Utility of Pacemaker With Sleep Apnea Monitor to Predict Left Ventricular Overload and Acute Decompensated Heart Failure

Published:September 10, 2019DOI:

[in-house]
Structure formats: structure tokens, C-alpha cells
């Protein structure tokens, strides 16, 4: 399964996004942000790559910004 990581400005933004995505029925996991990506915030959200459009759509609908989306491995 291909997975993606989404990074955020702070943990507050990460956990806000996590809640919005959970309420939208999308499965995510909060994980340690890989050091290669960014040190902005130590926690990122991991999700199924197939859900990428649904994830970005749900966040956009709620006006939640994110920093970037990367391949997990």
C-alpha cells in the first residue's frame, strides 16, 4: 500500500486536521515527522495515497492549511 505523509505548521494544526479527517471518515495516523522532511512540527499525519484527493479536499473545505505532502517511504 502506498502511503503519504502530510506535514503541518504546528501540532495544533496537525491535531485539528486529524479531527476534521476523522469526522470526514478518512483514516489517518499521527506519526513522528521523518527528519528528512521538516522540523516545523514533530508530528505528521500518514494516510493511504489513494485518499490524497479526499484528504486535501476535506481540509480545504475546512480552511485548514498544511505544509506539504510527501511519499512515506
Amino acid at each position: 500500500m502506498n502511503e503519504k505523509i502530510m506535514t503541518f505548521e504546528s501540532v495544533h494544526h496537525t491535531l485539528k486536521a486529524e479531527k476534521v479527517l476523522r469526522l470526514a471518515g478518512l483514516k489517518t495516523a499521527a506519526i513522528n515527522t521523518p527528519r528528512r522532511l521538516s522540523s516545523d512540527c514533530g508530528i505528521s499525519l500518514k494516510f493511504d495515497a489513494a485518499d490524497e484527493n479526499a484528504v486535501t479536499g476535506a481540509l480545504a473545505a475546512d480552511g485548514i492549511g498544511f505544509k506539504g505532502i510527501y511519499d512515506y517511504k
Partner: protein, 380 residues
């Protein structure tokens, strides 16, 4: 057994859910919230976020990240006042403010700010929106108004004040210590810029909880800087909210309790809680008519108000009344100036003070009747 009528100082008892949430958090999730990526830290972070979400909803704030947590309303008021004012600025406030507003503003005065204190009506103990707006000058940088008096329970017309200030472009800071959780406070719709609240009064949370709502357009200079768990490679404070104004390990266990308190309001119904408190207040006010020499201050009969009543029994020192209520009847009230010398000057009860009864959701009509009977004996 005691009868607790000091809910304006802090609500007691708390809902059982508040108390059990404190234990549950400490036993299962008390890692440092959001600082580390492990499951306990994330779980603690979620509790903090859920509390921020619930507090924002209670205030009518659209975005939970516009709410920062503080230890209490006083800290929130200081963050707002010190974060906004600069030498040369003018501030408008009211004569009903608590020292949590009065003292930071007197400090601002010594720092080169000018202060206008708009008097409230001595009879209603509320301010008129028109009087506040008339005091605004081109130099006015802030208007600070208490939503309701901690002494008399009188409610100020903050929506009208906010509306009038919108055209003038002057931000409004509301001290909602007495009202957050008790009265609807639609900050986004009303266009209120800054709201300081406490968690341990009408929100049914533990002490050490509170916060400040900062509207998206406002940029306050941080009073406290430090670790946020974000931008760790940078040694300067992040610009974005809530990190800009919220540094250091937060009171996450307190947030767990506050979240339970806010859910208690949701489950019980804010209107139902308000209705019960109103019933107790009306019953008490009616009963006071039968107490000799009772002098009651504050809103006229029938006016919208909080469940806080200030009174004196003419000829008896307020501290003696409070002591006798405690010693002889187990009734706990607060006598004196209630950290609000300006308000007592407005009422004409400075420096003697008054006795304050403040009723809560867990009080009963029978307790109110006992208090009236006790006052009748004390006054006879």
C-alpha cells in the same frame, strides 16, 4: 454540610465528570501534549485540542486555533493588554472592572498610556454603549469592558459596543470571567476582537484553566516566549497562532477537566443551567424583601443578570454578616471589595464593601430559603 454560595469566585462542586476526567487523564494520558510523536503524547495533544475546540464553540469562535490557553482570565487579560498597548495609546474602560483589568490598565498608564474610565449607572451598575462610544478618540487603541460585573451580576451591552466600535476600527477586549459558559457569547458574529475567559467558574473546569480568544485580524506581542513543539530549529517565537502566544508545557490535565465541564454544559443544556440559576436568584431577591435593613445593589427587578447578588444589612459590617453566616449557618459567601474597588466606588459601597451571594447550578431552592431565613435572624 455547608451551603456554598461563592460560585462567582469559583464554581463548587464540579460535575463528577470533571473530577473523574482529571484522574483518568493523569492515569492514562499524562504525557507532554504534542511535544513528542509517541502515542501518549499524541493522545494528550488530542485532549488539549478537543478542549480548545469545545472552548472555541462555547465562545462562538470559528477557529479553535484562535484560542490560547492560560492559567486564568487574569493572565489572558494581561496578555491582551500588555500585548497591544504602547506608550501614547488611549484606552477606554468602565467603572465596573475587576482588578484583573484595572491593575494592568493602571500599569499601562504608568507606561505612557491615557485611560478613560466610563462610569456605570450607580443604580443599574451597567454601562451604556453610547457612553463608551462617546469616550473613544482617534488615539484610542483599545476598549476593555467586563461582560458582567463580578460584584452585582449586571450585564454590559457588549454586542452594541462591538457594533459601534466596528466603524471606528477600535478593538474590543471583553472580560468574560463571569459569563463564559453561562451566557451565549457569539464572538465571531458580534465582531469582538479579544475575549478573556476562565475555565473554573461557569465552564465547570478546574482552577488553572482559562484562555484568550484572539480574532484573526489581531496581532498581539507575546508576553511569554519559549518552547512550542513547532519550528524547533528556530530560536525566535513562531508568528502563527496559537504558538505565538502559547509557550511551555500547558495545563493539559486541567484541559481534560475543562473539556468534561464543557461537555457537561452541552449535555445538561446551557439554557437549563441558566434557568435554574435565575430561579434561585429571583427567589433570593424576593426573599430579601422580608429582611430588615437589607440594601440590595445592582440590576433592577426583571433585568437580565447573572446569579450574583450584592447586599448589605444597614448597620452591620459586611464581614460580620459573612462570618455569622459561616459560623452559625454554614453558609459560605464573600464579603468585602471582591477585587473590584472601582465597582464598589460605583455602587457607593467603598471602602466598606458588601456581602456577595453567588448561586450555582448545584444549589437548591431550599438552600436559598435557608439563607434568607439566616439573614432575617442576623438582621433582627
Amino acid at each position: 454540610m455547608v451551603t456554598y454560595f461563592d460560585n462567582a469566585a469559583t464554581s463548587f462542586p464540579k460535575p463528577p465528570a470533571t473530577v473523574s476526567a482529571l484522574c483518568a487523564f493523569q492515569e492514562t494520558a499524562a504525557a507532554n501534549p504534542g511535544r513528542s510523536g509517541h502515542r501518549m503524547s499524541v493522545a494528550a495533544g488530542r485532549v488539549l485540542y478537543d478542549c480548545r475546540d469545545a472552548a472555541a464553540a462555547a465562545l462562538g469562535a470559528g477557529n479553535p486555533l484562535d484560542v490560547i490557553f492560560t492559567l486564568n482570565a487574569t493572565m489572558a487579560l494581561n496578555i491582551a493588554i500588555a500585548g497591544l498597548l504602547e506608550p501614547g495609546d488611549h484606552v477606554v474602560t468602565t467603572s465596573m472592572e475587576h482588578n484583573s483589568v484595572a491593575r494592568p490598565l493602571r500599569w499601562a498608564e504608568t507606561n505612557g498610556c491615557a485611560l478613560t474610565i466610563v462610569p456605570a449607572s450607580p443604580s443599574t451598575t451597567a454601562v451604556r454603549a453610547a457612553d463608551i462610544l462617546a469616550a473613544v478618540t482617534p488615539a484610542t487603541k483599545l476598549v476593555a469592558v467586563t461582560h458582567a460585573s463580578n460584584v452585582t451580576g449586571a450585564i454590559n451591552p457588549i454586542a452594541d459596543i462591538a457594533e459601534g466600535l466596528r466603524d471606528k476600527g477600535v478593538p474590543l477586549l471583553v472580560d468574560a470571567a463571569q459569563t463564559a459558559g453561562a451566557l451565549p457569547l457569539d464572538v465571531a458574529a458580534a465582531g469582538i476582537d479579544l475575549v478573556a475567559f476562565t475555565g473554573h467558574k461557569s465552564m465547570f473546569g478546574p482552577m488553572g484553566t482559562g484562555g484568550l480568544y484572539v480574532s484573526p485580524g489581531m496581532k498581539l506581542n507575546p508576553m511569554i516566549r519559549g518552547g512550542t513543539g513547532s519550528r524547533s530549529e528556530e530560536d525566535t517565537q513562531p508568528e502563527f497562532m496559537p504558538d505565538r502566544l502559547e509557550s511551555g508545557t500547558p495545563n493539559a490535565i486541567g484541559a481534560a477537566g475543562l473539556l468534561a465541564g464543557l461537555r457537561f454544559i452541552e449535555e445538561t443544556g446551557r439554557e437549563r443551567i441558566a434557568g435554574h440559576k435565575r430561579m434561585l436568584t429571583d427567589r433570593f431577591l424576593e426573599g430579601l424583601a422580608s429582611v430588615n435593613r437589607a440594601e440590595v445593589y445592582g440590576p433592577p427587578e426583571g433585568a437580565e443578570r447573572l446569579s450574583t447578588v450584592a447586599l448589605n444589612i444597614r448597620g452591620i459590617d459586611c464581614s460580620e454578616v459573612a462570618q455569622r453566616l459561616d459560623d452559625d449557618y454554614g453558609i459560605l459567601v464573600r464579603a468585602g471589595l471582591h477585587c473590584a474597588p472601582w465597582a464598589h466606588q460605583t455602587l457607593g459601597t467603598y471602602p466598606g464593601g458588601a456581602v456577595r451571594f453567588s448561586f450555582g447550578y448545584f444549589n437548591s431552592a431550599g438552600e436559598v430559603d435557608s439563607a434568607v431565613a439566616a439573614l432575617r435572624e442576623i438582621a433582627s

Pacemakers with sleep apnea monitor (SAM) provide an easy tool to assess obstructive sleep apnea over long periods of time. The link between respiratory disturbances at night and the incidence of acute decompensated heart failure (ADHF) is not well established. We aimed at (1) determining the ability of SAM pacemakers to evaluate the extent of left ventricular overload and (2) assess the impact of respiratory disturbances at night on the occurrence of ADHF over 1-year of follow-up. We conducted a single-center prospective study. Consecutive patients with SAM pacemakers were comprehensively assessed. SAM automatically computes a respiratory disturbance index (RDI, apneas/hypopneas per hour - AH/h) in the previous night and the percentage of nights with RDI >20 AH/h in the previous 6 months. Thirty-seven patients were included (79.3 ± 11.2 years, 46% males). A high RDI in the previous night and a higher %nights with increased RDI were associated with increased NT-proBNP values (p = 0.008 and p = 0.013, respectively) and were the sole predictors of increased noninvasive pulmonary capillary wedge pressures (PCWP) in the morning of assessment (p = 0.031 and p = 0.044, respectively). Receiver operating characteristic curve analysis revealed an area under the curve of 0.804 (95% confidence interval 0.656 to 0.953, p = 0.002) for %nights with RDI >20 AH/h in the prediction of high PCWP. Patients with >12.5% of nights with RDI >20AH/h tended to have more ADHF during follow-up (log-rank p = 0.067). In conclusion, a high burden of apneas/hypopneas at night is associated with elevated NT-proBNP and PCWP values and an increased risk of ADHF over 1 year. These patients might benefit from early tailored clinical management.
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